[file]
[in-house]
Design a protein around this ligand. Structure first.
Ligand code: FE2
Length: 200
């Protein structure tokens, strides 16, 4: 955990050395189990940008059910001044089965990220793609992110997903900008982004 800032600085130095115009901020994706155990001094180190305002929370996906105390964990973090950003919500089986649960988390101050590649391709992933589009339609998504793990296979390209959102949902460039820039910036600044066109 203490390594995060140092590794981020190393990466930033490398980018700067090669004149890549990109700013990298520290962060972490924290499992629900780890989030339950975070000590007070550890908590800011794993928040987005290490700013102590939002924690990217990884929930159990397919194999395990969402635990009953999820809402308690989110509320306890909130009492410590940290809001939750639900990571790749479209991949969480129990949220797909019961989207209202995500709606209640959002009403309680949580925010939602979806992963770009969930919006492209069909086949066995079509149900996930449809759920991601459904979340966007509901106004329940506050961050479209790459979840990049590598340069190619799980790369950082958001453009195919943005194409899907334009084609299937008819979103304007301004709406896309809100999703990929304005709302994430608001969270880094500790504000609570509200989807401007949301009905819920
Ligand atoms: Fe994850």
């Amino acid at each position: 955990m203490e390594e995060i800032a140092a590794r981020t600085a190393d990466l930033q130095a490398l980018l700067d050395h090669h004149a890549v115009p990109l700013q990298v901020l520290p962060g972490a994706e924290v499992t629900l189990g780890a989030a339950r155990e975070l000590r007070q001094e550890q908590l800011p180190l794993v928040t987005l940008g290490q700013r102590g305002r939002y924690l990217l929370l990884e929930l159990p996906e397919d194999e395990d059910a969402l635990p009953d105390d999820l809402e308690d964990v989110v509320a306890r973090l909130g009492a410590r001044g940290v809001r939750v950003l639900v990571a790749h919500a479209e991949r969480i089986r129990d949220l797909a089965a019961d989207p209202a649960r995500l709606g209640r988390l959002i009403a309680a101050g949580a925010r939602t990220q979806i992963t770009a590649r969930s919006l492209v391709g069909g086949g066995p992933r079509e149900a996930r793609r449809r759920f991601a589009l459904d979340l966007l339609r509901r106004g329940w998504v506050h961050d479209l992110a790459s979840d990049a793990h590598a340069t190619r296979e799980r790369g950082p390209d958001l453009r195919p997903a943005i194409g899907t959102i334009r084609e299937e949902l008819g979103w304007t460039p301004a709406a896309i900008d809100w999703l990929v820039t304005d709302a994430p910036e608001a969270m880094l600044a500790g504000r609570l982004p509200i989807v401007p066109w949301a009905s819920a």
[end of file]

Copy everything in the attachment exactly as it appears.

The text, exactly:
[in-house]
Design a protein around this ligand. Structure first.
Ligand code: FE2
Length: 200
């Protein structure tokens, strides 16, 4: 955990050395189990940008059910001044089965990220793609992110997903900008982004 800032600085130095115009901020994706155990001094180190305002929370996906105390964990973090950003919500089986649960988390101050590649391709992933589009339609998504793990296979390209959102949902460039820039910036600044066109 203490390594995060140092590794981020190393990466930033490398980018700067090669004149890549990109700013990298520290962060972490924290499992629900780890989030339950975070000590007070550890908590800011794993928040987005290490700013102590939002924690990217990884929930159990397919194999395990969402635990009953999820809402308690989110509320306890909130009492410590940290809001939750639900990571790749479209991949969480129990949220797909019961989207209202995500709606209640959002009403309680949580925010939602979806992963770009969930919006492209069909086949066995079509149900996930449809759920991601459904979340966007509901106004329940506050961050479209790459979840990049590598340069190619799980790369950082958001453009195919943005194409899907334009084609299937008819979103304007301004709406896309809100999703990929304005709302994430608001969270880094500790504000609570509200989807401007949301009905819920
Ligand atoms: Fe994850």
């Amino acid at each position: 955990m203490e390594e995060i800032a140092a590794r981020t600085a190393d990466l930033q130095a490398l980018l700067d050395h090669h004149a890549v115009p990109l700013q990298v901020l520290p962060g972490a994706e924290v499992t629900l189990g780890a989030a339950r155990e975070l000590r007070q001094e550890q908590l800011p180190l794993v928040t987005l940008g290490q700013r102590g305002r939002y924690l990217l929370l990884e929930l159990p996906e397919d194999e395990d059910a969402l635990p009953d105390d999820l809402e308690d964990v989110v509320a306890r973090l909130g009492a410590r001044g940290v809001r939750v950003l639900v990571a790749h919500a479209e991949r969480i089986r129990d949220l797909a089965a019961d989207p209202a649960r995500l709606g209640r988390l959002i009403a309680a101050g949580a925010r939602t990220q979806i992963t770009a590649r969930s919006l492209v391709g069909g086949g066995p992933r079509e149900a996930r793609r449809r759920f991601a589009l459904d979340l966007l339609r509901r106004g329940w998504v506050h961050d479209l992110a790459s979840d990049a793990h590598a340069t190619r296979e799980r790369g950082p390209d958001l453009r195919p997903a943005i194409g899907t959102i334009r084609e299937e949902l008819g979103w304007t460039p301004a709406a896309i900008d809100w999703l990929v820039t304005d709302a994430p910036e608001a969270m880094l600044a500790g504000r609570l982004p509200i989807v401007p066109w949301a009905s819920a």